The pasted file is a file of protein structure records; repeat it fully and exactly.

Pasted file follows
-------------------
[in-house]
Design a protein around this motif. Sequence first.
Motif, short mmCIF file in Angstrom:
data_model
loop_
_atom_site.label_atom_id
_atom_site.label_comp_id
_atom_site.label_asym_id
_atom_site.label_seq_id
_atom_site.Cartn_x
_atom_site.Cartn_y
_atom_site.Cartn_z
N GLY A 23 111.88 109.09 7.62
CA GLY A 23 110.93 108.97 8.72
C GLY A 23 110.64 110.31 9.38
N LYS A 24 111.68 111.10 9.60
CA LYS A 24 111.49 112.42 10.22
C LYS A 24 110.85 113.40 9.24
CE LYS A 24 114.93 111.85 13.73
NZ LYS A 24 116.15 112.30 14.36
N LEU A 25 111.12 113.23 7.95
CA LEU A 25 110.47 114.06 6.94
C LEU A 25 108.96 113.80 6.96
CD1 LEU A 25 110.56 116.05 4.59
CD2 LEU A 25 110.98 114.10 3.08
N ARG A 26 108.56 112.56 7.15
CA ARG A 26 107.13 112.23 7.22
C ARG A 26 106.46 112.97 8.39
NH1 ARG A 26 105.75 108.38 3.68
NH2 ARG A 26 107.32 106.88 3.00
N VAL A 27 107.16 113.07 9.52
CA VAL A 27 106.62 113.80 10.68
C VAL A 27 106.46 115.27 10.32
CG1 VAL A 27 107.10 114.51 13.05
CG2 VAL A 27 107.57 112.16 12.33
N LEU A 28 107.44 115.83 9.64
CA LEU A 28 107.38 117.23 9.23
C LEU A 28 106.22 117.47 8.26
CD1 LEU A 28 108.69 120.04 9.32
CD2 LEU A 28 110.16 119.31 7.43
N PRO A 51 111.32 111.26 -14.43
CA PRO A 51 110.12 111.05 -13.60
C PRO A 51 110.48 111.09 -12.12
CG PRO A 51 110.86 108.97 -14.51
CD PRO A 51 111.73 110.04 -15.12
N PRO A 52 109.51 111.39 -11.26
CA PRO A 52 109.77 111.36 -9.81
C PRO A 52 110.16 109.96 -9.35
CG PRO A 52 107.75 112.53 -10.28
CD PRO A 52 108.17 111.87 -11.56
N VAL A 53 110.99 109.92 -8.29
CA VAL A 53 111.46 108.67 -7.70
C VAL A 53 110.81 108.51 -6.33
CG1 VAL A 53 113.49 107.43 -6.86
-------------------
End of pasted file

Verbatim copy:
[in-house]
Design a protein around this motif. Sequence first.
Motif, short mmCIF file in Angstrom:
data_model
loop_
_atom_site.label_atom_id
_atom_site.label_comp_id
_atom_site.label_asym_id
_atom_site.label_seq_id
_atom_site.Cartn_x
_atom_site.Cartn_y
_atom_site.Cartn_z
N GLY A 23 111.88 109.09 7.62
CA GLY A 23 110.93 108.97 8.72
C GLY A 23 110.64 110.31 9.38
N LYS A 24 111.68 111.10 9.60
CA LYS A 24 111.49 112.42 10.22
C LYS A 24 110.85 113.40 9.24
CE LYS A 24 114.93 111.85 13.73
NZ LYS A 24 116.15 112.30 14.36
N LEU A 25 111.12 113.23 7.95
CA LEU A 25 110.47 114.06 6.94
C LEU A 25 108.96 113.80 6.96
CD1 LEU A 25 110.56 116.05 4.59
CD2 LEU A 25 110.98 114.10 3.08
N ARG A 26 108.56 112.56 7.15
CA ARG A 26 107.13 112.23 7.22
C ARG A 26 106.46 112.97 8.39
NH1 ARG A 26 105.75 108.38 3.68
NH2 ARG A 26 107.32 106.88 3.00
N VAL A 27 107.16 113.07 9.52
CA VAL A 27 106.62 113.80 10.68
C VAL A 27 106.46 115.27 10.32
CG1 VAL A 27 107.10 114.51 13.05
CG2 VAL A 27 107.57 112.16 12.33
N LEU A 28 107.44 115.83 9.64
CA LEU A 28 107.38 117.23 9.23
C LEU A 28 106.22 117.47 8.26
CD1 LEU A 28 108.69 120.04 9.32
CD2 LEU A 28 110.16 119.31 7.43
N PRO A 51 111.32 111.26 -14.43
CA PRO A 51 110.12 111.05 -13.60
C PRO A 51 110.48 111.09 -12.12
CG PRO A 51 110.86 108.97 -14.51
CD PRO A 51 111.73 110.04 -15.12
N PRO A 52 109.51 111.39 -11.26
CA PRO A 52 109.77 111.36 -9.81
C PRO A 52 110.16 109.96 -9.35
CG PRO A 52 107.75 112.53 -10.28
CD PRO A 52 108.17 111.87 -11.56
N VAL A 53 110.99 109.92 -8.29
CA VAL A 53 111.46 108.67 -7.70
C VAL A 53 110.81 108.51 -6.33
CG1 VAL A 53 113.49 107.43 -6.86